Guangzhou mayor Chen Jianhua vowed yesterday to lead the way in disclosing his assets to the public - if ordered to do so.
Chen told a press conference during the annual meeting of the Guangzhou's People's Congress that Nansha district cadres would need to declare their assets after the Lunar New Year holiday.
"The method of disclosure is decided by our superiors," he said. "I would say that if [Guangzhou] is told to disclose, I would take the lead to disclose."
The need for cadres to declare their assets been a hot topic of discussion in Guangdong, with many members of the public saying it could help curb corruption. Guangzhou's anti-graft watchdog is basing its asset declaration requirements on Hong Kong's model - with only a limited number of officials required to declare their assets, to varying degrees.
Dr Peng Peng , a researcher at the Guangzhou Academy of Social Sciences, said asset declaration requirements for officials should differ according to their role and positions.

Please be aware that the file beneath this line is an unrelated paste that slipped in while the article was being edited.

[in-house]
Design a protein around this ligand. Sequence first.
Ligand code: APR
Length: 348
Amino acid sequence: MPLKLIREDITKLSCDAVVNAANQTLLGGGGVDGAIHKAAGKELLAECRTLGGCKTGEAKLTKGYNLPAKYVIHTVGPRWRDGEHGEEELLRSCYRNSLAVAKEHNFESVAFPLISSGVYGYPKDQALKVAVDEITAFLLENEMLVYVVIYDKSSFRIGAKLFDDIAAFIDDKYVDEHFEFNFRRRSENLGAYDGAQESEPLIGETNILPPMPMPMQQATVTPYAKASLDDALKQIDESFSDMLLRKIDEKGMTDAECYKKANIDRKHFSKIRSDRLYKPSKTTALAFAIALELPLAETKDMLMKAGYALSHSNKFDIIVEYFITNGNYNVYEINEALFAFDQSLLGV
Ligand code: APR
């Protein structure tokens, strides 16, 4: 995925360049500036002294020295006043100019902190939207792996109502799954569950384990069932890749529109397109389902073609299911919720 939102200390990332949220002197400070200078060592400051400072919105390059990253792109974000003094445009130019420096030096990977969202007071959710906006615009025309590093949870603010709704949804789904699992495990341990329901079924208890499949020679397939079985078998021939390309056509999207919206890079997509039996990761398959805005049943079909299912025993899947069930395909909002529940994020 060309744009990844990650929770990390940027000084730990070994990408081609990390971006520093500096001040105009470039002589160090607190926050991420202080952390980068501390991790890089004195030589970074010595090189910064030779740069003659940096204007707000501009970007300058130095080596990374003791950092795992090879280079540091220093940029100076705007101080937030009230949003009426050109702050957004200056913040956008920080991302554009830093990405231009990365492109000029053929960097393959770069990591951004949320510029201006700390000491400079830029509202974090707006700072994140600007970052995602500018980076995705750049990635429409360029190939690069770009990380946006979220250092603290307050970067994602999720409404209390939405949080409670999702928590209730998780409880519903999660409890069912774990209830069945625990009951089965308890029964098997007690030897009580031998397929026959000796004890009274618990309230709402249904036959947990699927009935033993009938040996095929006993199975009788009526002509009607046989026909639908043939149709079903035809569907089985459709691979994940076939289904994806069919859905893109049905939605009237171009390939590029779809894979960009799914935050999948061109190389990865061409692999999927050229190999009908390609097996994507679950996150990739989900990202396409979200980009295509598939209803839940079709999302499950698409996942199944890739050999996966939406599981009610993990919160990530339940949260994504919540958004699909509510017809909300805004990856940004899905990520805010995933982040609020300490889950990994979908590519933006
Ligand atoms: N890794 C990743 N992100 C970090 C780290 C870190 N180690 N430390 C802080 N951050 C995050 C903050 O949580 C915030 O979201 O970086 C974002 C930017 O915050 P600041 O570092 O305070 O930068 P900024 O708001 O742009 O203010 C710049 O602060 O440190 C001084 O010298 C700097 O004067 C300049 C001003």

"Cadres with power to make decisions on public policy… are the ones that need to be closely watched and held accountable to the public by disclosing their assets," Peng said.
It would be impossible for reform to move ahead if all civil servants were required to declare their assets, he added.
Commenting on Guangzhou's reform drive, Chen said the city government would create "super ministries" by merging smaller departments by the end of June.
Chen also vowed to increase the minimum wage in Guangzhou this year. With a strike by sanitation workers in Yuexiu district entering its fourth day, Chen vowed to improve management and ensure that sanitation workers received fairer pay.